USA Today's Scores

For 1,034 reviews, this publication has graded:
  • 56% higher than the average critic
  • 4% same as the average critic
  • 40% lower than the average critic
On average, this publication grades 1.9 points lower than other critics. (0-100 point scale)
Average TV Show review score: 63
Highest review score: 100 Mad Men: Season 1
Lowest review score: 0 Lucky Louie: Season 1
Score distribution:
  1. Mixed: 0 out of 612
  2. Negative: 0 out of 612
612 tv reviews
  1. There are times when Quantico feels a shade mechanical, in moments when you can practically hear the plot gears moving. But it accomplishes what the opener of a whodunit needs to do: establish a wide range of plausible suspects and spark our interest in the mystery and the hero. Which means, so far, they got away with it.
  2. Though the entire cast is strong, it's Morris who holds the show together with a winning combination of smarts, looks, steel and warmth. She makes a very good Case for watching. [26 Sept 2003, p.14E]
    • USA Today
  3. [The first two installments] are Rise's best, most concise episodes, yet even they try to do too much, falling prey to an "and then this happened" narrative, a slew of distracting (and often badly bewigged) cameos and a rushed pace that is particularly ill-suited to the segment on the AIDS crisis.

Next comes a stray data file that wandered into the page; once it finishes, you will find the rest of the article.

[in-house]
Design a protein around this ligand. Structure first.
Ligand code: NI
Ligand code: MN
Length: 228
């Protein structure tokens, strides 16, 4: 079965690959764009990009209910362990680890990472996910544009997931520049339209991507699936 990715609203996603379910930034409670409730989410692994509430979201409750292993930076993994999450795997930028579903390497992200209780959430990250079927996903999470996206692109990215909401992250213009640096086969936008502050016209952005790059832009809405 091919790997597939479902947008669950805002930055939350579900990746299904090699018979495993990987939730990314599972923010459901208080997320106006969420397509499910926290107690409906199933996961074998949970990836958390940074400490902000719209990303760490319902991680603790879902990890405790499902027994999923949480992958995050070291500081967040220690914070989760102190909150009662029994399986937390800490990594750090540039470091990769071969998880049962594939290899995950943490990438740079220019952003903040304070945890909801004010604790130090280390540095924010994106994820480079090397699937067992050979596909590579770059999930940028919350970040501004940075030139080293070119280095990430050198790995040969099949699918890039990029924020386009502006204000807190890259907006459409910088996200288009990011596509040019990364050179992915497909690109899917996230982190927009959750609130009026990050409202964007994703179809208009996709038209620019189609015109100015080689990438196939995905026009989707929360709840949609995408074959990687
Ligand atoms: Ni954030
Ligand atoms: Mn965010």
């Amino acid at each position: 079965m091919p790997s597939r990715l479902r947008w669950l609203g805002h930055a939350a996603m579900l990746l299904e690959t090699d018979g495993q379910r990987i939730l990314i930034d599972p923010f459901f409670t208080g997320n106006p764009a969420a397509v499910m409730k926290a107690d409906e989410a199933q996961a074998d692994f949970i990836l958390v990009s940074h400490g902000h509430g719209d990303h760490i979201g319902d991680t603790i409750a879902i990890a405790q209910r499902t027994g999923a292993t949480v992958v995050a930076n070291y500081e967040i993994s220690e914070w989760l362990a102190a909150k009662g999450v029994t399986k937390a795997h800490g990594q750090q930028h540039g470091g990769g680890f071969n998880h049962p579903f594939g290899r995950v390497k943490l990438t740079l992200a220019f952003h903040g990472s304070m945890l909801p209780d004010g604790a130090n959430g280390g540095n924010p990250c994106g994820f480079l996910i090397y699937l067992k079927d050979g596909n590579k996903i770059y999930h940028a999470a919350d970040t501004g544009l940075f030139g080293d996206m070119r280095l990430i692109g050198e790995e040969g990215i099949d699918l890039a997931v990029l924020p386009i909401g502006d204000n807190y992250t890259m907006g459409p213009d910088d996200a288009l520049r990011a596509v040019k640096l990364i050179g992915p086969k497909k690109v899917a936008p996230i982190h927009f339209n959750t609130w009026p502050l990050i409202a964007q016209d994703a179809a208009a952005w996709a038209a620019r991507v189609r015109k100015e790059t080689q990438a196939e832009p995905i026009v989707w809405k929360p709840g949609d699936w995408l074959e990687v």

4. You may not completely love this fourth vacation away from the 21st century, but lingering affection should more than carry you through.
  5. Two Sarah Michelle Gellars may not be better than one, but they're certainly just as good. And thankfully, that's more than good enough to get the new TV season off to a roaring early start.
  6. You get a great role for Holloway, who has great, sex-charged on-screen chemistry with an equally strong Callies, and the strength of that “What would you do” premise. And for now, that may be enough.
  7. Dense, dark, a little dreary and yet oddly intriguing, Heroes seems destined to attract an audience that is more loyal than large.
  8. Yet for all that it revels in catastrophe, the most promising aspect of Worst Week is a sweet-tempered empathy that allows you to identify with all four characters.
  9. It's a well-constructed piece of popular entertainment from a dependable provider of the same, with an easy-to-like star and an easy-to-grasp premise.